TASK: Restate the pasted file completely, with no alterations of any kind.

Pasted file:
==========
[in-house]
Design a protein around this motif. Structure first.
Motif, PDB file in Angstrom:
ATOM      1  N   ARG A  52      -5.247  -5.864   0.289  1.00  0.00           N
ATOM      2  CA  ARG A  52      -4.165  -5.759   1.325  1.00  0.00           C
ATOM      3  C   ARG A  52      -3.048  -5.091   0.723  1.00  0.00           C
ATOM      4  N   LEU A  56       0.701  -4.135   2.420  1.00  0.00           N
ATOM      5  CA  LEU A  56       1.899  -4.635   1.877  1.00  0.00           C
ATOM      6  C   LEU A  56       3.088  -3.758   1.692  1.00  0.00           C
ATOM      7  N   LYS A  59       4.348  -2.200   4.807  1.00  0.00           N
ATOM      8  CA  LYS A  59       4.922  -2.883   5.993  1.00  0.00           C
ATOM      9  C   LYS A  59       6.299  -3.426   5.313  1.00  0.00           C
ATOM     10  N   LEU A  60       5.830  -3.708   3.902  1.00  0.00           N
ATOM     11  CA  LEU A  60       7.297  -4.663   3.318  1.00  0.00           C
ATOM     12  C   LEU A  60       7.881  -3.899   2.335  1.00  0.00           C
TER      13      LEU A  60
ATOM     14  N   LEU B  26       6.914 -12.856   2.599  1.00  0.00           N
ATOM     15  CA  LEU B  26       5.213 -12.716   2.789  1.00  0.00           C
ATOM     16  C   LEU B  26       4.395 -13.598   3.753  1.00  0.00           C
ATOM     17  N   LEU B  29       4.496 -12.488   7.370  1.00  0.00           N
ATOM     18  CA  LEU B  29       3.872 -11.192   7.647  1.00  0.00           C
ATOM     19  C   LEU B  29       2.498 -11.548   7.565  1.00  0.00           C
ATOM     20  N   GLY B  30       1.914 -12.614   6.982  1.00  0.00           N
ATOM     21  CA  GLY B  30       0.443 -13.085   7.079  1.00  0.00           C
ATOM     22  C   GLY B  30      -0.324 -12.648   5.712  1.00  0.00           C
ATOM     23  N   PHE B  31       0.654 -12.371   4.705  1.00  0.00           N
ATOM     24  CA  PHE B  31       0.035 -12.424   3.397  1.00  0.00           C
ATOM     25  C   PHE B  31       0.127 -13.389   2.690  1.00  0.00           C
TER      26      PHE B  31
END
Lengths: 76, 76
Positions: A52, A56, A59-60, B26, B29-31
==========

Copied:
[in-house]
Design a protein around this motif. Structure first.
Motif, PDB file in Angstrom:
ATOM      1  N   ARG A  52      -5.247  -5.864   0.289  1.00  0.00           N
ATOM      2  CA  ARG A  52      -4.165  -5.759   1.325  1.00  0.00           C
ATOM      3  C   ARG A  52      -3.048  -5.091   0.723  1.00  0.00           C
ATOM      4  N   LEU A  56       0.701  -4.135   2.420  1.00  0.00           N
ATOM      5  CA  LEU A  56       1.899  -4.635   1.877  1.00  0.00           C
ATOM      6  C   LEU A  56       3.088  -3.758   1.692  1.00  0.00           C
ATOM      7  N   LYS A  59       4.348  -2.200   4.807  1.00  0.00           N
ATOM      8  CA  LYS A  59       4.922  -2.883   5.993  1.00  0.00           C
ATOM      9  C   LYS A  59       6.299  -3.426   5.313  1.00  0.00           C
ATOM     10  N   LEU A  60       5.830  -3.708   3.902  1.00  0.00           N
ATOM     11  CA  LEU A  60       7.297  -4.663   3.318  1.00  0.00           C
ATOM     12  C   LEU A  60       7.881  -3.899   2.335  1.00  0.00           C
TER      13      LEU A  60
ATOM     14  N   LEU B  26       6.914 -12.856   2.599  1.00  0.00           N
ATOM     15  CA  LEU B  26       5.213 -12.716   2.789  1.00  0.00           C
ATOM     16  C   LEU B  26       4.395 -13.598   3.753  1.00  0.00           C
ATOM     17  N   LEU B  29       4.496 -12.488   7.370  1.00  0.00           N
ATOM     18  CA  LEU B  29       3.872 -11.192   7.647  1.00  0.00           C
ATOM     19  C   LEU B  29       2.498 -11.548   7.565  1.00  0.00           C
ATOM     20  N   GLY B  30       1.914 -12.614   6.982  1.00  0.00           N
ATOM     21  CA  GLY B  30       0.443 -13.085   7.079  1.00  0.00           C
ATOM     22  C   GLY B  30      -0.324 -12.648   5.712  1.00  0.00           C
ATOM     23  N   PHE B  31       0.654 -12.371   4.705  1.00  0.00           N
ATOM     24  CA  PHE B  31       0.035 -12.424   3.397  1.00  0.00           C
ATOM     25  C   PHE B  31       0.127 -13.389   2.690  1.00  0.00           C
TER      26      PHE B  31
END
Lengths: 76, 76
Positions: A52, A56, A59-60, B26, B29-31